Dr Fehmi Cirak, a lecturer in structural engineering at Cambridge, is leading the research. He specialises in computational research to develop models and algorithms for structures and fluids that, for this project, will simulate all the factors that affect the airship's dynamic behaviour.Ok sounds interesting but nothing spectacular. The article continues with:
'Our job will be computational modelling. In this and most other industries, people are moving away more and more from doing experiments and building prototypes. we basically want to accomplish the entire design process on the computer,' said Cirak.
The project will use data gathered from a 40m-long prototype hybrid airship to improve the design of subsequent larger vehicles.And further down comes an even more interesting piece:
'Imagine an inflated doughnut, with a large fan in the centre. It can either blow or suck air, allowing the vehicle to hover like a hovercraft or to grip to the ground after landing.' This means the airship can be pulled to the ground on landing or pushed away on take-off.The only hybrid airships who have an aircusion landing system are the Skycat by Roger Munk which was never built only a small scale version called Skykitten was built, or the Skunk Works/Lockheed Martin P-791 prototype.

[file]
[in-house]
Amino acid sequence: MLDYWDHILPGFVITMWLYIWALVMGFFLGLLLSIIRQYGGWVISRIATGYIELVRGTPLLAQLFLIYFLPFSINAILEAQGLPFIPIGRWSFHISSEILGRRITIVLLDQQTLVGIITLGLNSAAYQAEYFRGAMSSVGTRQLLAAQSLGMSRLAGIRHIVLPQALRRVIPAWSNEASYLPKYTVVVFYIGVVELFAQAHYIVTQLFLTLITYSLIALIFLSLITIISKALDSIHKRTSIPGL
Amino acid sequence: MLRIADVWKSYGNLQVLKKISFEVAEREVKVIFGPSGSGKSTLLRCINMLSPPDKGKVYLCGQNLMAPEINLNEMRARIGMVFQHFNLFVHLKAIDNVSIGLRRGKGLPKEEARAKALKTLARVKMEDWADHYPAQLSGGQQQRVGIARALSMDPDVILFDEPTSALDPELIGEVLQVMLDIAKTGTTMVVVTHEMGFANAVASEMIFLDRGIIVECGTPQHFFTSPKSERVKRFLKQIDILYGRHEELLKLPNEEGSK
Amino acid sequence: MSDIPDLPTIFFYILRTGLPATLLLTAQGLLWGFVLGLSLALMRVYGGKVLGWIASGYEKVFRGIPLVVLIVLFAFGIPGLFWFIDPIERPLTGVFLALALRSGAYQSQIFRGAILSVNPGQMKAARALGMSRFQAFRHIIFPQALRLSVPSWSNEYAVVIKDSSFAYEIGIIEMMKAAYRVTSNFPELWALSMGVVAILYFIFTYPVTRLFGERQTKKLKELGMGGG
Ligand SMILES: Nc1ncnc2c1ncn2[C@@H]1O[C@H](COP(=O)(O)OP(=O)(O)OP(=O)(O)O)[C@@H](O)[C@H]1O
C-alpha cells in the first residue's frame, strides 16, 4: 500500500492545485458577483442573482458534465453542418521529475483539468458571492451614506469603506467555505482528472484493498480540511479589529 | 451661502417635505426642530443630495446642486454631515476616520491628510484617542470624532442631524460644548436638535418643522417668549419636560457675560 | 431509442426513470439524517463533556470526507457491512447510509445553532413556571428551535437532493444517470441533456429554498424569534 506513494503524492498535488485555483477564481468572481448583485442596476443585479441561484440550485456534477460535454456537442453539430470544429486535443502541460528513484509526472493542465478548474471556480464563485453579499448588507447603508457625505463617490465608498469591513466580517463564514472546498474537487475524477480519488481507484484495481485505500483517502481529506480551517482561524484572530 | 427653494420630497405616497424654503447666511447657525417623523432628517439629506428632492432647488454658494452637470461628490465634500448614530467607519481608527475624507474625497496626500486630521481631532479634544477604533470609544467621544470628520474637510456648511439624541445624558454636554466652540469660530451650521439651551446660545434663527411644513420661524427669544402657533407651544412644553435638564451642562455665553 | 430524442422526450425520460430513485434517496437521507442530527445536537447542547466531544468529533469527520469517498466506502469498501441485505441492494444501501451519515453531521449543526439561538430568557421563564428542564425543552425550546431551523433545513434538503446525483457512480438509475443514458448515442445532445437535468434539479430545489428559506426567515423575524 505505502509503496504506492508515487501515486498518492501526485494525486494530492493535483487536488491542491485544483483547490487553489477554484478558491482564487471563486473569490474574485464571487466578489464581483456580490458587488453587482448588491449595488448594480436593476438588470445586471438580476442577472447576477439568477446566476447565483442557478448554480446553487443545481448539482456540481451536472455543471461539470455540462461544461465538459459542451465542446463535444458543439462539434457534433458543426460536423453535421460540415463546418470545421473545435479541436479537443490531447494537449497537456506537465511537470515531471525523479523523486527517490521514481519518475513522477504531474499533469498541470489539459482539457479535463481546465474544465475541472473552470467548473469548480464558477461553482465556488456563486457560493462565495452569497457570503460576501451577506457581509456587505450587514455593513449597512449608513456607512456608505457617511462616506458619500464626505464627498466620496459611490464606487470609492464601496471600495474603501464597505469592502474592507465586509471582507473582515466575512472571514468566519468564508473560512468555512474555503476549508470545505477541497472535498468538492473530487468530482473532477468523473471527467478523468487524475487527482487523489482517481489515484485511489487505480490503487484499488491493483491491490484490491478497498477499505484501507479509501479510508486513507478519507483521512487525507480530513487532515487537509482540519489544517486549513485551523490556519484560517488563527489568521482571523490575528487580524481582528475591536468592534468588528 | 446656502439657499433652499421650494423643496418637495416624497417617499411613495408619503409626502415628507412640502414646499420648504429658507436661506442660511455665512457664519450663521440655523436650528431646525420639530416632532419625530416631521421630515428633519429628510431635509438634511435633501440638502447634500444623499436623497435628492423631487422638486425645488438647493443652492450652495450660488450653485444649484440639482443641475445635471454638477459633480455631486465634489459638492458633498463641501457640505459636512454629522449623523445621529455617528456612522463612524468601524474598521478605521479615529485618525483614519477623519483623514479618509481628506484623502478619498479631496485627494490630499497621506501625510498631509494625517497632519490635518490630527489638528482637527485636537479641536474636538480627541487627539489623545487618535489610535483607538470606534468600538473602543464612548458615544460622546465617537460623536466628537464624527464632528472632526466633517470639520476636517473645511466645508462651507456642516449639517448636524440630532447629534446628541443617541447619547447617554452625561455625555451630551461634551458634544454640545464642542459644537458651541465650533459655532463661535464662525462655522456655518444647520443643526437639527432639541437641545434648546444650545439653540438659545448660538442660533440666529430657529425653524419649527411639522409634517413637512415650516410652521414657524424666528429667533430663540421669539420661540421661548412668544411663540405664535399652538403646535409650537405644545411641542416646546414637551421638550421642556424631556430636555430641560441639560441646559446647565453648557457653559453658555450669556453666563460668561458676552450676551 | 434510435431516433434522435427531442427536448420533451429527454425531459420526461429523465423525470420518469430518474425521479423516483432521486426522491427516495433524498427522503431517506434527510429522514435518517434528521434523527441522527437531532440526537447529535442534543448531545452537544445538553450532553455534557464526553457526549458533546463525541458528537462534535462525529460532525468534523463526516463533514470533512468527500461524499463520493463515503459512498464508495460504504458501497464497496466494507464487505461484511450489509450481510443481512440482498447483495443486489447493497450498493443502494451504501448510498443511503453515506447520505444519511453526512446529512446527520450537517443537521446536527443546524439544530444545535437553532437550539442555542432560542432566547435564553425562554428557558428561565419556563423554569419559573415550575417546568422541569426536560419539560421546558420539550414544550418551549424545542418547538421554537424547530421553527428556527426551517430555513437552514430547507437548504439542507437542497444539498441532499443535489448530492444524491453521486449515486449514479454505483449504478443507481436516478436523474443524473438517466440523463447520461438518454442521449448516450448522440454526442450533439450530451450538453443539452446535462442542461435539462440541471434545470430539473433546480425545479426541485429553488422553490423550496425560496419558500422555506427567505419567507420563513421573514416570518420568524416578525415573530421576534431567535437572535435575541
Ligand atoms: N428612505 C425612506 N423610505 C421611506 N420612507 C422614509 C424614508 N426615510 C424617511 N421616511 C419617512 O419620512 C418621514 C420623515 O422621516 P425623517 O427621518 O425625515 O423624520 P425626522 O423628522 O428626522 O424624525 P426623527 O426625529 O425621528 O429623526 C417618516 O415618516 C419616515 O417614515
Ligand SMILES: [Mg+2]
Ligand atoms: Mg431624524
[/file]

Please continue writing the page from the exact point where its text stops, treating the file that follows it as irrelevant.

The Skykitten with a length of roughly 15m as far as I know could not have been the prototype they are talking about so it must be the Skunkworks P-791 which provided the data.
We will investigate this further, if you know more let us and the readers know leave your comments or send us an Email.
[Update:] Arnold Nayler from the Airship-List commented on the post by Chris Jisi with the following:
Of interest is who is financing the research? Did you note that the research is in conjunction with Tensys, who worked with ATG on SkyCat and then Lockheed Martin on the P 791 ? I am pretty certain that the funding is not from the UK so maybe it is Lockheed Martin that is behind what must be an expensive piece of work.A quick look at the Website of Tensys shows even more evidence that there is something going on and that this is more an evolution of what has been done before. Obviously coming back to the first quote of the article, after having helped to build two prototypes, the Skykitten and the P-791 they are now looking into developing the concept furter with the help of computer simulation.